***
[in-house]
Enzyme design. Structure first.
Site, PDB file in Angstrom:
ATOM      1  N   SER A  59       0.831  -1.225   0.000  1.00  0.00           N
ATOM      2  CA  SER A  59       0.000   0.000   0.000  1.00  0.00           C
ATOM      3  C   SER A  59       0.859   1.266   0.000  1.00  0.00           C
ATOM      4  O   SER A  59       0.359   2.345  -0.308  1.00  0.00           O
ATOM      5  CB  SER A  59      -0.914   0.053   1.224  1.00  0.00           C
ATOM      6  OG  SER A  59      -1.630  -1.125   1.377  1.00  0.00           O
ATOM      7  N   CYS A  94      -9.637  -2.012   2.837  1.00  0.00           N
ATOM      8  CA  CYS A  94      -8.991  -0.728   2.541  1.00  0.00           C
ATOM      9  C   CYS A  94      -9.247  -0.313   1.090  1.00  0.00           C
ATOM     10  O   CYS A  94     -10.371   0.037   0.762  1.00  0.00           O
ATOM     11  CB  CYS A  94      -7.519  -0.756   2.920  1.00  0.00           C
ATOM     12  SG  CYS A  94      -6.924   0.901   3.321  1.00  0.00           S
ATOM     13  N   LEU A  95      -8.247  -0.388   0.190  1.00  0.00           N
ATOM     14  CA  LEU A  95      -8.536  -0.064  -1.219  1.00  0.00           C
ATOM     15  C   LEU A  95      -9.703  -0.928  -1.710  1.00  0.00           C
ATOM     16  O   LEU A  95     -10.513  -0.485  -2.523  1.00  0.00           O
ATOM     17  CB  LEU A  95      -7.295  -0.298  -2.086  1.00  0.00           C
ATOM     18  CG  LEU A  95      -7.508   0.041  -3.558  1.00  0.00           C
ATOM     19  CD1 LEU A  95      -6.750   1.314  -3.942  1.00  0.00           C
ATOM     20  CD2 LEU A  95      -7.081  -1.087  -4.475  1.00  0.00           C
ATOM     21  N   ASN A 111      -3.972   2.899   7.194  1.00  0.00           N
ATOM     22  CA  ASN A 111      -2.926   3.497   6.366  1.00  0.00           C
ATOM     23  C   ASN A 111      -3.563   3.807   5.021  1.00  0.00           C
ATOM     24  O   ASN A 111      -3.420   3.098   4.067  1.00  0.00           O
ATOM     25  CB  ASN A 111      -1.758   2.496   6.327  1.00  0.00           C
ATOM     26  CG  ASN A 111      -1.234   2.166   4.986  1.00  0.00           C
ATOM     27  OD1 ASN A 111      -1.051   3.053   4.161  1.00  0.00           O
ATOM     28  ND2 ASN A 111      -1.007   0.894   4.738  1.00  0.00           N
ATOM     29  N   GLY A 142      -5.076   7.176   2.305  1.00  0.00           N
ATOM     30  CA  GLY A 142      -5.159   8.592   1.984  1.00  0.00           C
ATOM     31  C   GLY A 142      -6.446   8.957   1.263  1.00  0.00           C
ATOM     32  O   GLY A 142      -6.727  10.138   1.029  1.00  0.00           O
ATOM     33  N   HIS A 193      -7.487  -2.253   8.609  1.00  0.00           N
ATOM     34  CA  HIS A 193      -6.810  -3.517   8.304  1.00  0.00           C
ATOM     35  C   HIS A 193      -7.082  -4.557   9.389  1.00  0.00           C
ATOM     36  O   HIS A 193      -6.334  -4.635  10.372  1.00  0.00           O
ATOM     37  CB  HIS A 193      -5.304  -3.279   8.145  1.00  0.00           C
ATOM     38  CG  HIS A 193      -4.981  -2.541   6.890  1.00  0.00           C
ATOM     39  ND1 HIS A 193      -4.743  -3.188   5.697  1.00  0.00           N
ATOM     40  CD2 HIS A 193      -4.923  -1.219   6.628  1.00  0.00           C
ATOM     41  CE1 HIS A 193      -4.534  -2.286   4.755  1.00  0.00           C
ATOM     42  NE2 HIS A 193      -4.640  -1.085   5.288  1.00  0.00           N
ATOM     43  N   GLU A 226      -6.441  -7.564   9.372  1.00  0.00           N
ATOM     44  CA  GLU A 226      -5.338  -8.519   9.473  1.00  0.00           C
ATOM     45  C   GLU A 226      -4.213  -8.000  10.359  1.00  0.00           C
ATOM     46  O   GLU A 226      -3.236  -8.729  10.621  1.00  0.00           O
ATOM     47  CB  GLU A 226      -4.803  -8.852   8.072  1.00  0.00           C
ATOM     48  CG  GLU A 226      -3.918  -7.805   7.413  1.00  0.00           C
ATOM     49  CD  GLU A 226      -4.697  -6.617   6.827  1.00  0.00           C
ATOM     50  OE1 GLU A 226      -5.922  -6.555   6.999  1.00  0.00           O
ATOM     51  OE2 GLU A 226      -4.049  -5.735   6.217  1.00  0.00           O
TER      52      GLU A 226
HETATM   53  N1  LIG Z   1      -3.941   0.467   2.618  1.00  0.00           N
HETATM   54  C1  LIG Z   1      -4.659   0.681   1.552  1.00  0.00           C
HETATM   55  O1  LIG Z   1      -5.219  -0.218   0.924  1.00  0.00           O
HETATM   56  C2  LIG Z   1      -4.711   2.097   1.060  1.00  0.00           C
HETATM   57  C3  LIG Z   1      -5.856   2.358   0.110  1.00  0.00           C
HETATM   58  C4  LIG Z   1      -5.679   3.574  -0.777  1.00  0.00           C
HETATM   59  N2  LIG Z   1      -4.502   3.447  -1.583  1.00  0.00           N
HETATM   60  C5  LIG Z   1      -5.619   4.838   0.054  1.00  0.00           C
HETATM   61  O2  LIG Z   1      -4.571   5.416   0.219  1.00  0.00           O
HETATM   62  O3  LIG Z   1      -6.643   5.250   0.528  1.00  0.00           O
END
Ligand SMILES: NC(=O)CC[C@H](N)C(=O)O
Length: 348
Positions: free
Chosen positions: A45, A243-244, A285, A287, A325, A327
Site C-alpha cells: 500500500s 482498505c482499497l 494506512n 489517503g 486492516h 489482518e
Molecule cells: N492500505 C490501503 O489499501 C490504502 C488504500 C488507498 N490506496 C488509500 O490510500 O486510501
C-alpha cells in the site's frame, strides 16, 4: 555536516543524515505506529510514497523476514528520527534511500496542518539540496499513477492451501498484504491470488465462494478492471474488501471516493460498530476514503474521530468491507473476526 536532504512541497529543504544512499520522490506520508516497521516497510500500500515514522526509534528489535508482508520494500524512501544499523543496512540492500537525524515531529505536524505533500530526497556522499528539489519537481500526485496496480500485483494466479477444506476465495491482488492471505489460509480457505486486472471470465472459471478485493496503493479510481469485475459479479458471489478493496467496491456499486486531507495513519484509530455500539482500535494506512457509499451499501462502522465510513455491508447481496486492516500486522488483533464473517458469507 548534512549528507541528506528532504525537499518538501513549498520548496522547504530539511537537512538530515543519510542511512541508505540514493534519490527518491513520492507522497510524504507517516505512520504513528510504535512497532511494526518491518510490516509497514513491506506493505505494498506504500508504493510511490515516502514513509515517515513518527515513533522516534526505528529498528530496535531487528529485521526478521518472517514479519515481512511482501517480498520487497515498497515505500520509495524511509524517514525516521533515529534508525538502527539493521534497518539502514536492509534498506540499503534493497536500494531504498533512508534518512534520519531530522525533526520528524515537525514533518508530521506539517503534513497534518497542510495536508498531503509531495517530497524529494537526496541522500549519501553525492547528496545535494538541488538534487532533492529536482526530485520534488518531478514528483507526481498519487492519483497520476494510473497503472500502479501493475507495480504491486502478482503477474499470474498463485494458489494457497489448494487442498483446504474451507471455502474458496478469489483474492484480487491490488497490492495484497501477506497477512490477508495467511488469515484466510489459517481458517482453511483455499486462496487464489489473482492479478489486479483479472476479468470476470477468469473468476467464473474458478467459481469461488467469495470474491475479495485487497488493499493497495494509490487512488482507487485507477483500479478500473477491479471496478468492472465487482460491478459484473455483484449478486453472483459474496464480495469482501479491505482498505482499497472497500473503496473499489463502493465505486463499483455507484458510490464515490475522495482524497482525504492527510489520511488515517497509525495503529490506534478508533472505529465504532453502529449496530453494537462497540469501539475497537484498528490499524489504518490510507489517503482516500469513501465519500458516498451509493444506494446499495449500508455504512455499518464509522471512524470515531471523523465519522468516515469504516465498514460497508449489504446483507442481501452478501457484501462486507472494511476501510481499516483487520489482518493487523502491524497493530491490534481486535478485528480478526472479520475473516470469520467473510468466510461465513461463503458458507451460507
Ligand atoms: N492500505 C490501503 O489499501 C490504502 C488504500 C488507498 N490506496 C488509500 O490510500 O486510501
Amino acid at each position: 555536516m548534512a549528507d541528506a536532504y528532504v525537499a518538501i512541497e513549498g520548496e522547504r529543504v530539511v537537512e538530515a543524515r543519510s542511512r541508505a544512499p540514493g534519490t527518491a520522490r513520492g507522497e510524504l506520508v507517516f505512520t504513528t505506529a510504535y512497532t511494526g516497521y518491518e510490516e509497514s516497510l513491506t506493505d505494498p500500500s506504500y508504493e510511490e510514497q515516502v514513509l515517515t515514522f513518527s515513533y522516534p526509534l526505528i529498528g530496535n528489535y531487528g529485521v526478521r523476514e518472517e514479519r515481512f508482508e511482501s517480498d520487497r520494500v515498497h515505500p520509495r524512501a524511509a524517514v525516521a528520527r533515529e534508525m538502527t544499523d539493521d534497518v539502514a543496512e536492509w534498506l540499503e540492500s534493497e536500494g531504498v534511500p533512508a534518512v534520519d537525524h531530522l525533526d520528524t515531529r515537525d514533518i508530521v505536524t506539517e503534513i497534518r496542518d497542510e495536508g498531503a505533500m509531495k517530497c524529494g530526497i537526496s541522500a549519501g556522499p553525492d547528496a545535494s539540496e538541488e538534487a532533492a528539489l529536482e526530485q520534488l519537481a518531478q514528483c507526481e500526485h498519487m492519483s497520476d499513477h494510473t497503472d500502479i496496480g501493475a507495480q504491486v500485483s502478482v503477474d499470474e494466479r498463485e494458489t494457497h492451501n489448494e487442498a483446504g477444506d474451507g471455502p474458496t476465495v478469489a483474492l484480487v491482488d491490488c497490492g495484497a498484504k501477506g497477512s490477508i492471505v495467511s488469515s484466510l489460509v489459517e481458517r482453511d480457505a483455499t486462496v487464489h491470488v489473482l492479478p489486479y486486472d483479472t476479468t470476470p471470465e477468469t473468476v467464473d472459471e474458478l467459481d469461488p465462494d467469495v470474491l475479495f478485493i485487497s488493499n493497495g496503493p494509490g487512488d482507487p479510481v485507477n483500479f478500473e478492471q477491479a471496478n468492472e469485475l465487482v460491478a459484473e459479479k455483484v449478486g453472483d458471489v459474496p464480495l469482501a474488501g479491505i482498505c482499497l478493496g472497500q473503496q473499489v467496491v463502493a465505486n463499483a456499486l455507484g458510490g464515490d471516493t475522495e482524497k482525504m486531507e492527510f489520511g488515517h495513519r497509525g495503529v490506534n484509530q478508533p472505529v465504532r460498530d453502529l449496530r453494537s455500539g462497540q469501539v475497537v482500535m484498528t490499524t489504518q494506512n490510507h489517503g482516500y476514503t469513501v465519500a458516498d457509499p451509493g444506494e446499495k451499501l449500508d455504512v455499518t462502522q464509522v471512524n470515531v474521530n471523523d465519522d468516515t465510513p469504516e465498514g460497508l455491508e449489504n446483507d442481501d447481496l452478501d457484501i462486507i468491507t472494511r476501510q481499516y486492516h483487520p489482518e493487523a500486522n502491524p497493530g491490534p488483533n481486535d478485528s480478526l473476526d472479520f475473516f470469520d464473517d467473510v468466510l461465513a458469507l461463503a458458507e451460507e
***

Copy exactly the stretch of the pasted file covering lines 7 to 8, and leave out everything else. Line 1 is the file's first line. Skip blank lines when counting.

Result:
ATOM      4  O   SER A  59       0.359   2.345  -0.308  1.00  0.00           O
ATOM      5  CB  SER A  59      -0.914   0.053   1.224  1.00  0.00           C